FIGURE 2. Cytokine secretions by THP-1 derived macrophages infected with Mtb strains. (A) TNF-α, (B) VEGF, (C) IL-6, (D) IL-10, (E) IFN-γ concentrations. Multiple comparisons were assessed with a two-way ANOVA for the different timepoints and the clinical group with a Holm–Sidak post-test. ∗P < 0.05, ∗∗P < 0.01. PTB, pulmonary tuberculosis strains; EPTB, extrapulmonary tuberculosis strain; ctrl, non-infected cells.
Plasma Levels of TNF-α and VEGF Varied Depending on the Clinical Symptoms of the Patients
We measured the level of both cytokines that differed in vitro between PTB and EPTB in the plasmas collected from patients with different clinical symptoms. Eighty six (86) persons were included in the study. Fourty-four participants were suspected of EPTB with quite heterogeneous symptoms and included a large variety of clinical specimens; the most frequent were cerebrospinal fluid (n = 18, 39.06%) and pleural fluid (n = 17, 28.12%). Finally, according to the bacteriology, EPTB was confirmed in 16 patients, 13 had confirmed PTB, 28 had EPTB-like symptoms without bacteriological confirmation and 29 were healthy controls. Table 1 described the characteristic of those TB patients.
After comparing the plasma level of the two different cytokines in the four clinical groups, PTB patients showed a significantly higher production of TNF-α compared to the EPTB patients, to the EPTB-like and to CTRL group, (p = 0.004, p < 0.001, and p < 0.0001 respectively) (Figure 3A). Differently from the observations in the in vitro infections, the plasma of EPTB patients showed a higher concentration of VEGF to the non-EPTB (p = 0.022) and to healthy controls group (p < 0.0001). No statistical differences were observed when comparing plasma level of VEGF in EPTB patients to PTB (Figure 3B).
FIGURE 3. Quantity of TNF-α (A) and VEGF (B) secreted in the plasma of EPTB, non-EPTB, PTB, and healthy controls group. Multiple comparisons were assessed with a one-way ANOVA for two clinical groups adjusted with Tukey post-test (A) or Dunn’s post-test (B): ∗ P < 0.05, ∗∗P < 0.01, ∗∗∗P < 0.001, ∗∗∗∗P < 0.0001. EPTB: bacteriologically confirmed extrapulmonary tuberculosis patients; non-EPTB, suspected-EPTB patients not bacteriologically confirmed; PTB, pulmonary tuberculosis patients; CTRL, healthy control group.
Plasma Level of TNF-α and VEGF Concentrations Allowed to Respectively Distinguishing PTB and EPTB from the Other Patients Groups
We asked whether the plasmatic cytokines concentration could be useful for detecting a bacteriologically confirmed EPTB from the other clinical groups. Baseline levels of TNF-α and VEGF showed significant area under the curve (AUC) to respectively distinguish PTB and EPTB from the other clinical groups (Tables 2, 3 and Figure 4). The TNF-α showed more than 80% AUC yielded when distinguishing PTB from the other clinical groups (p < 0.01) (Table 3 and Figures 4D–F). Moreover, the plasmatic VEGF concentration yielded an AUC of 73% (p < 0.05) when compared to PTB (Table 2 and Figure 4B), 79 and 89% (p < 0.01) in distinguishing bacteriologically confirmed EPTB respectively from the other pathology with extrapulmonary symptoms and healthy control group (Table 2 and Figures 4A,C)
TABLE 2. Area-under-the-curve (AUC) of VEGF as to distinguish confirmed EPTB from the other clinical groups.
TABLE 3. Area-under-the-curve of TFN-α as to distinguish confirmed PTB from the other clinical groups.
FIGURE 4. Receiver operating curves (ROC) analysis of TNF-α and VEGF as markers to distinguish the differen clinical groups. VEGF ROC between EPTB and non-EPTB (A), PTB (B), Ctrl (C), TNF-α ROC between PTB and non-EPTB (D), EPTB (E), Ctrl (F). EPTB, bacteriologically confirmed extrapulmonary tuberculosis patients; non-EPTB, suspected-EPTB patients not bacteriologically confirmed; PTB, pulmonary tuberculosis patients; CTRL, healthy control group.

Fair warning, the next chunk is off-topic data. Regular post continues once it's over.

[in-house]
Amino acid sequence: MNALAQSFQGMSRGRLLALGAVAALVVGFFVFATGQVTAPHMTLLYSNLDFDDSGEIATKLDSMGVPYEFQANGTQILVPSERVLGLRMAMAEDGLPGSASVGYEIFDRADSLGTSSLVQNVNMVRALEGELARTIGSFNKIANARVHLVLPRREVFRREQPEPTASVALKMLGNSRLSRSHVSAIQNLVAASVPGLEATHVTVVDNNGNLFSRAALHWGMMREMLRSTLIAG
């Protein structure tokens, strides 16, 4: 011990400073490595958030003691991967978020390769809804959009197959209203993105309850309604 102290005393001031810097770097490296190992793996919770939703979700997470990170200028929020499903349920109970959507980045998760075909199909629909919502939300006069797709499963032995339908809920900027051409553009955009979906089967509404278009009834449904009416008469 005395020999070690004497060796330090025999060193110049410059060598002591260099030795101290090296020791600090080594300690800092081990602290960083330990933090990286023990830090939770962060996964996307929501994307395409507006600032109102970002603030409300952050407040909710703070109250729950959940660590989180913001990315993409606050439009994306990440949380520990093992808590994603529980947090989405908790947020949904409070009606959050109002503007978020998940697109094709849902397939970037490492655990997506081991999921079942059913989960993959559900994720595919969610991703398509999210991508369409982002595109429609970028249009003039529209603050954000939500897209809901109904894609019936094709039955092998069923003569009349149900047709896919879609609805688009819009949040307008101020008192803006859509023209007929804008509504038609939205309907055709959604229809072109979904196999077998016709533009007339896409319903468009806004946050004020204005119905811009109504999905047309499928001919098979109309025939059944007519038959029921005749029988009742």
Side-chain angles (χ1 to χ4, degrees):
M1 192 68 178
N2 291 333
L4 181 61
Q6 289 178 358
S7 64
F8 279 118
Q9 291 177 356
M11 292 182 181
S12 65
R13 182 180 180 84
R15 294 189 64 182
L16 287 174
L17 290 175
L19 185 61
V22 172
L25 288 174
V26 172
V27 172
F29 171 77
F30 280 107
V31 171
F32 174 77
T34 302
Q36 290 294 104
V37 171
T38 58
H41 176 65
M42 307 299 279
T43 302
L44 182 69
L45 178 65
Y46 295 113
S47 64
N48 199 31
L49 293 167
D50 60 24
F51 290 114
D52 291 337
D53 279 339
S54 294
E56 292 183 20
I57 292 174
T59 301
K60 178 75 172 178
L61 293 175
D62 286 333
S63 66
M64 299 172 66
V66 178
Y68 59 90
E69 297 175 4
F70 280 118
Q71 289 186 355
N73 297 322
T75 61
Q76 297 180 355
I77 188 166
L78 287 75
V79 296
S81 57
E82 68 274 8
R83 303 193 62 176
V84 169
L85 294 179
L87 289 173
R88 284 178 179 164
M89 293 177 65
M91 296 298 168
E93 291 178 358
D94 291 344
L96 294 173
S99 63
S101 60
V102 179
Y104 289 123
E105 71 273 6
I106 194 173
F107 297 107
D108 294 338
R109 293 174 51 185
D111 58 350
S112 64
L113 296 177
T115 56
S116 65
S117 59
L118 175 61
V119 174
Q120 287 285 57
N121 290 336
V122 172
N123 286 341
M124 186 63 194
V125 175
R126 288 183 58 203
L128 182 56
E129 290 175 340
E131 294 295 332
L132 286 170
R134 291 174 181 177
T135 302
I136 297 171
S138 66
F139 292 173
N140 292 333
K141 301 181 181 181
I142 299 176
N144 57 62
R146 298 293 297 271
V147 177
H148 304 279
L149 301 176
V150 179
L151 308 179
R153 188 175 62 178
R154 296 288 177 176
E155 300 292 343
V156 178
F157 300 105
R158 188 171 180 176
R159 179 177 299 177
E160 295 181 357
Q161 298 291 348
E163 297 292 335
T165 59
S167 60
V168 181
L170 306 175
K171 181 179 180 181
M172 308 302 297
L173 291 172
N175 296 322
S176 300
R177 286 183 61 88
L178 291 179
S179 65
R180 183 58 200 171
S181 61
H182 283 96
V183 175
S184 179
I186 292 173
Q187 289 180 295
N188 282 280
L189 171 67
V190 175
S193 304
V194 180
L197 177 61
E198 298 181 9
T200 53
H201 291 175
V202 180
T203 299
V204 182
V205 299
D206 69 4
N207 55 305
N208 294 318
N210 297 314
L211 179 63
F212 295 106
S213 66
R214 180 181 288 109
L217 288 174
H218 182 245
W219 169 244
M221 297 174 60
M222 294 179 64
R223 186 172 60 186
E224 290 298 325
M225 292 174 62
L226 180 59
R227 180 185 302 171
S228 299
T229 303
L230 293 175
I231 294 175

The EPTB represents a non-negligible proportion of the TB active cases; however, its diagnosis that is lying firstly on clinical symptoms considerations is difficult due to the confusing symptoms with other pathologies as any human tissue or organ can be affected by EPTB while the traditional bacteriological tools to confirm TB were challenged by relatively inaccessible infectious sites that may be paucibacillary. In order to establish confirmation, invasive procedures are often necessary, making the diagnosis more difficult. The main objective of this study was to propose EPTB specific biomarkers deduced by the in vitro comparison of TB-associated cytokine response induced by different clinical isolates (PTB vs. EPTB) from human macrophages that were then assessed in human patients. Different cytokines known to be involved in the anti-tuberculosis immune response such as IFN-γ, TNF-α, IL-6, IL-10 and VEGF were first measured in human commercial cell-line derived infected macrophages to consider the host genetic effects on the immune response that was widely reported to be associated with EPTB (Caws et al., 2008). Although the THP-1 cell line was widely considered to be a good model of macrophages for in vitro Mtb infection studies (Riendeau and Kornfeld, 2003; Theus et al., 2005; Iona et al., 2012), it should not be forgotten that these are tumor cells and that certain functions remain poorly controlled. However, similar cytokine productions trends observed in this macrophage model were also observed ex vivo in human plasma in our study.
Moreover, the characterization of the determinants of Mtb virulence is an important process for understanding the pathogenesis of TB. The bacterial genetics effects on cytokine production were also considered here by infecting the macrophages with Mtb from similar bacterial lineages. Infecting the macrophages with the EAI-MDG8 (lineage 1) was preferred as the Mtb-lineage 1 strains were associated with an increased pro-inflammatory responses that would boost the cytokine levels we want to study (Rakotosamimanana et al., 2010; Portevin et al., 2011). Moreover, the Mtb EAI-MDG8 genotype was a predominant spoligotype profile in Madagascar where the study was performed (Rakotosamimanana et al., 2010).